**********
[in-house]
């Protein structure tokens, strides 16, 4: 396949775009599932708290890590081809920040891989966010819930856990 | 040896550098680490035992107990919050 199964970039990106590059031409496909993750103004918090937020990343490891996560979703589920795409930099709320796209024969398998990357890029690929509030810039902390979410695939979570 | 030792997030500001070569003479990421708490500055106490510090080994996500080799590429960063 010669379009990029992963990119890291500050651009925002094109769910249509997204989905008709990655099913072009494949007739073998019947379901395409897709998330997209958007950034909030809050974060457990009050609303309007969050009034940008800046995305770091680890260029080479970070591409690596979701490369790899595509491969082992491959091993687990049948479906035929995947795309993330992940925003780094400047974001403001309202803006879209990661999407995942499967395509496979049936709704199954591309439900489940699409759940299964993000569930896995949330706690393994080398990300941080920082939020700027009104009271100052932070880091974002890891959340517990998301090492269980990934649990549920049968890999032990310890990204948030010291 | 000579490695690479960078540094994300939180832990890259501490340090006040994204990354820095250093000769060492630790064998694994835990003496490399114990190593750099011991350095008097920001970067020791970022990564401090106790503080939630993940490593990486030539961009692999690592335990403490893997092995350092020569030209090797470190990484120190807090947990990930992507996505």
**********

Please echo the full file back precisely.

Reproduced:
[in-house]
């Protein structure tokens, strides 16, 4: 396949775009599932708290890590081809920040891989966010819930856990 | 040896550098680490035992107990919050 199964970039990106590059031409496909993750103004918090937020990343490891996560979703589920795409930099709320796209024969398998990357890029690929509030810039902390979410695939979570 | 030792997030500001070569003479990421708490500055106490510090080994996500080799590429960063 010669379009990029992963990119890291500050651009925002094109769910249509997204989905008709990655099913072009494949007739073998019947379901395409897709998330997209958007950034909030809050974060457990009050609303309007969050009034940008800046995305770091680890260029080479970070591409690596979701490369790899595509491969082992491959091993687990049948479906035929995947795309993330992940925003780094400047974001403001309202803006879209990661999407995942499967395509496979049936709704199954591309439900489940699409759940299964993000569930896995949330706690393994080398990300941080920082939020700027009104009271100052932070880091974002890891959340517990998301090492269980990934649990549920049968890999032990310890990204948030010291 | 000579490695690479960078540094994300939180832990890259501490340090006040994204990354820095250093000769060492630790064998694994835990003496490399114990190593750099011991350095008097920001970067020791970022990564401090106790503080939630993940490593990486030539961009692999690592335990403490893997092995350092020569030209090797470190990484120190807090947990990930992507996505």